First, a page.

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A commentary on the IEA Clean Cooking in Africa Summit (from the video stream)

15th May 2024

By Dr Simon Batchelor (Gamos Ltd.) Loughborough University

A partnership led by the IEA convened the largest gathering of international stakeholders (1000+) devoted to the issue of clean cooking, in Paris on 14th May.   The day was reported to have announced $2.2 billion of new funding for the issue, and it was great to see clean cooking elevated in multiple 4 minute interventions by Presidents, Ministers and high level international players.  In this blog I point to some of the things I noticed – it is by no means a comprehensive summary.

MECS sent a team to Paris and had some really good discussions but unlike COP28, we were not on the main stage in person.  However, we are pleased to say that we did contribute in many ways.   Not least, the UK announcement of £8.5 million for Tanzania and Uganda by Lord Benyon (3 mins) which is the MECS demonstrator funding, a part of the Ayrton Fund

One of our stronger contributions was highlighted by the Netherlands, in the speech by Prince Jaime de Bourbon de Parme (1 min) just before Lord Benyon.  He noted that there was a need for innovation, and that “four years ago electric cooking was not part of the spectrum (of choices), right now it is”.  Perhaps one of the most direct shout outs to eCooking came from Stanlake Samkange of the WFP in the afternoon who we work with (4 mins).  And of course, we work with the World Bank and the ESMAP Clean Cooking Fund is very much a part of MECS.  Franz Dree-Gross laid out how the CCF leveraged other WB lending and Private sector funding (3 mins), and how the WB has upgraded its commitments to electricity access and is very intentionally doing integrated energy planning, so it includes electric cooking.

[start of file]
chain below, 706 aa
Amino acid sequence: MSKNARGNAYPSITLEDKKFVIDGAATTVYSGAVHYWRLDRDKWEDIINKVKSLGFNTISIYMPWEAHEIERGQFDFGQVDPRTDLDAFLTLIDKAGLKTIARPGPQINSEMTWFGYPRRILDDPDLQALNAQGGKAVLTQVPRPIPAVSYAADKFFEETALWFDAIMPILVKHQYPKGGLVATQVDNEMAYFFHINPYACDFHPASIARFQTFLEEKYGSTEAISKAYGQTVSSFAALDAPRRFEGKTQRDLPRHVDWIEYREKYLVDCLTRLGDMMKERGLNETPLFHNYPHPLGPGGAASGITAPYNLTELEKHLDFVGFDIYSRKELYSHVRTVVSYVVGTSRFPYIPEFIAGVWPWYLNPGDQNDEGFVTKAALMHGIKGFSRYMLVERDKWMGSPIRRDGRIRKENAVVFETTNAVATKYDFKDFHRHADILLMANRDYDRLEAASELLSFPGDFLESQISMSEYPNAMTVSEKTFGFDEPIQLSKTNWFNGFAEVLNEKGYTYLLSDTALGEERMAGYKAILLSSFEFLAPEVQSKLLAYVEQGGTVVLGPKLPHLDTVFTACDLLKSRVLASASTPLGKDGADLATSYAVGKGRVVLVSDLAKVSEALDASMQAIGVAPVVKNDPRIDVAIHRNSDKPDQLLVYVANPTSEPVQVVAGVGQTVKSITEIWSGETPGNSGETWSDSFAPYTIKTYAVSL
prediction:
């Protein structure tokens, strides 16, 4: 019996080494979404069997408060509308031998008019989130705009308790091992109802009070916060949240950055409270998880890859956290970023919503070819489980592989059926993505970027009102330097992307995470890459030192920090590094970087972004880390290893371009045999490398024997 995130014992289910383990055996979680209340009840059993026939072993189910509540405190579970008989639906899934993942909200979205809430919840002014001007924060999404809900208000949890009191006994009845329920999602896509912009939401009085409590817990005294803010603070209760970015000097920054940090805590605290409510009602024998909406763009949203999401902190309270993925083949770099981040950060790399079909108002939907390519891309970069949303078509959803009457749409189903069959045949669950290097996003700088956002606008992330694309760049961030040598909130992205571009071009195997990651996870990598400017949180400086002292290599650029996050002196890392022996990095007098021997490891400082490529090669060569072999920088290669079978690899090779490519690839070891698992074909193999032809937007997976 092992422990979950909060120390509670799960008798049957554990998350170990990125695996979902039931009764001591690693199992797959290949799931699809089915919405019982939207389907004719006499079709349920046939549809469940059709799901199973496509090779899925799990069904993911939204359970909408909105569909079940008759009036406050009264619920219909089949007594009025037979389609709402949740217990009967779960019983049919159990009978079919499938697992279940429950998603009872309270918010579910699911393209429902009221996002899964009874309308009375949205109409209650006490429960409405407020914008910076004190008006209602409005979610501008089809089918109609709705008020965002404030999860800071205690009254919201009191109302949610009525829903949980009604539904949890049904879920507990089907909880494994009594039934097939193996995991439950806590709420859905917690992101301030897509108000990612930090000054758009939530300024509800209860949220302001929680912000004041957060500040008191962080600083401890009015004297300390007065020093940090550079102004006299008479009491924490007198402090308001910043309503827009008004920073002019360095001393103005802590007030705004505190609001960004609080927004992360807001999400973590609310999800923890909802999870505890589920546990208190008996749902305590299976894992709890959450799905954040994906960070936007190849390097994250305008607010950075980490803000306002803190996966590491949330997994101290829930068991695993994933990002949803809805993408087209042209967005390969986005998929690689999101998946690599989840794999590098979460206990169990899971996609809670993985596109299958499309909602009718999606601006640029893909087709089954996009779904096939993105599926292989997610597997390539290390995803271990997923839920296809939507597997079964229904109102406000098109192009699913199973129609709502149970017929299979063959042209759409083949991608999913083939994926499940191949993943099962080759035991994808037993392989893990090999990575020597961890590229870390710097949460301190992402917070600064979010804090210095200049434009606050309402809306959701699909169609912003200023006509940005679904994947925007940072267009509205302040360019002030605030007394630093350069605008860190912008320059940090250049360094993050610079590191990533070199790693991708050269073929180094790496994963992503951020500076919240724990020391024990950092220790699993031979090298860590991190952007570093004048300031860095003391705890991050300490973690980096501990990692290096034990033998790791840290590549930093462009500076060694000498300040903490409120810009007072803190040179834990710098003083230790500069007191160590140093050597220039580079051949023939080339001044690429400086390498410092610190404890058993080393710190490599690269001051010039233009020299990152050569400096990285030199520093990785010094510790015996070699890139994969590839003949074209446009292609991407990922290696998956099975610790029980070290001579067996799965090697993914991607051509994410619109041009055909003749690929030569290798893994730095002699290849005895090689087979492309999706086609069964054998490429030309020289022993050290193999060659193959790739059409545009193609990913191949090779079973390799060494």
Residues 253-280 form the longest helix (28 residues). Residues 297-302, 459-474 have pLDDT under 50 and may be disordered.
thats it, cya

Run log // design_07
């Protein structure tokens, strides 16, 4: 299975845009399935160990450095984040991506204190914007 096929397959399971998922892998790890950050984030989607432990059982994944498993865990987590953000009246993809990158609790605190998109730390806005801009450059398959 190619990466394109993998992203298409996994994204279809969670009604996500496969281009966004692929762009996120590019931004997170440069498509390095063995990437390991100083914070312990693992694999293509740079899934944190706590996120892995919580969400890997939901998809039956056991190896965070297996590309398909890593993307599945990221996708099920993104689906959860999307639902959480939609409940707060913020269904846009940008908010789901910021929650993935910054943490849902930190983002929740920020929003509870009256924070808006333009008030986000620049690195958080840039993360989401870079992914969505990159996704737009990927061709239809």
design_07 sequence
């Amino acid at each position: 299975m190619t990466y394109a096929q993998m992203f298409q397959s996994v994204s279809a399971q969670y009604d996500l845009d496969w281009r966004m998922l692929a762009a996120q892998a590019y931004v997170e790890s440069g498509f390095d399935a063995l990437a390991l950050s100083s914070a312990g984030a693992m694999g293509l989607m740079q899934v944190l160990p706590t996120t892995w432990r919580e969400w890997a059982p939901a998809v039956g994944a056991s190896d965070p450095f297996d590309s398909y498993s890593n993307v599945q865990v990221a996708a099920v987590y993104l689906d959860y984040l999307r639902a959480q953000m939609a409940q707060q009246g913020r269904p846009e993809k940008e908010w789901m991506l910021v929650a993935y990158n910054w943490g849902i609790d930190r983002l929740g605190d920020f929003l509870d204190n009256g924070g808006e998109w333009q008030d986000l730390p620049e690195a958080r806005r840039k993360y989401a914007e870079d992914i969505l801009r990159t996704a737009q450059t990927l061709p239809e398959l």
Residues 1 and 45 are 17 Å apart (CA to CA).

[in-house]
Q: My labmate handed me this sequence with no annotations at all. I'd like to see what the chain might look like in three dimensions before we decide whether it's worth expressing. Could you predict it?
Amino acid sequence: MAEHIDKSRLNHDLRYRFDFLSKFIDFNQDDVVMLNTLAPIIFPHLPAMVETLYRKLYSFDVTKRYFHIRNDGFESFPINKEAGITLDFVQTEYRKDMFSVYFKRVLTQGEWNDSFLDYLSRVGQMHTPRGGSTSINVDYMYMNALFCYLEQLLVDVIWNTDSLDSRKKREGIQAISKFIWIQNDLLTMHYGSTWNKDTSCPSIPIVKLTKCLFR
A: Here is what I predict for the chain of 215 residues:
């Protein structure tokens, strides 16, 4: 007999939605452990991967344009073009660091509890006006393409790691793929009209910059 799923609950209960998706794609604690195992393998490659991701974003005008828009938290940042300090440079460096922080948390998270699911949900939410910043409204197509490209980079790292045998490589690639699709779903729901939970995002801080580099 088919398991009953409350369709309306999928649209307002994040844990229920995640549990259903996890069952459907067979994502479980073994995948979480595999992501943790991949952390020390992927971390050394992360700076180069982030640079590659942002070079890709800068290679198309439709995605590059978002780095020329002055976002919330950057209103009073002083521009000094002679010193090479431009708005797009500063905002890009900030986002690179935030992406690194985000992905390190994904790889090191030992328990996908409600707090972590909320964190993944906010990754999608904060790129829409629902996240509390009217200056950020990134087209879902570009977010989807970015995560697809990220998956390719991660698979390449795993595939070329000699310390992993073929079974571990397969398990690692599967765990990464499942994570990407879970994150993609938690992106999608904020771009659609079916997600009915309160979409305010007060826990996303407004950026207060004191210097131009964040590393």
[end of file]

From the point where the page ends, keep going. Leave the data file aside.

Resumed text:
However, this gathering is about a multi fuel mix.  MECS is sometimes put in the box of ‘only eCooking’ but that’s not the case.  We support multiple approaches to solve the issue of cooking with polluting fuels, it’s just that our initial research showed that electric cooking was a neglected possibility.  The research continues to show that leveraging the gains on electricity access makes sense, especially when, in quite a few markets, the monthly cost to the consumer is lower than charcoal and (unsubsidised) LPG.

Many of the funding announcements were made as fuel neutral, but some of the countries focused on the opportunity LPG seems to offer.  LPG is spoken of as a transition fuel, so   President Samia Suluhu Hassan of Tanzania (3 mins) and Ruth Nankabirwa Ssentamu of Uganda (4 min) both want to increase LPG use (although the Minister Ruth did point to their innovative eCooking electricity tariff).  There was a financial announcement by Patrick Pouyanne of TotalEnergies (an oil and gas company) to support clean cooking by increasing LPG (3 min).  What I found interesting in his announcement was that he said some of those funds will be needed to make ‘LPG more affordable’.  Russel Harvey of Vitol said a similar thing (3 min) – having acquired LPG infrastructure in 12 countries reaching 10 million households, although they also do biomass ICS and invest in renewable energy technology.  Likewise, there were announcements like the Sahara group which was about building LPG infrastructure for $100m (1 min).  Infrastructure is a key element of service provision, and what attracts us to eCooking is that the infrastructure, the generation, transmission and distribution, is an integral part of the modern economy.  Indeed Africa has spent tens of billions each year, generating, maintaining and improving the access to electricity across the continent.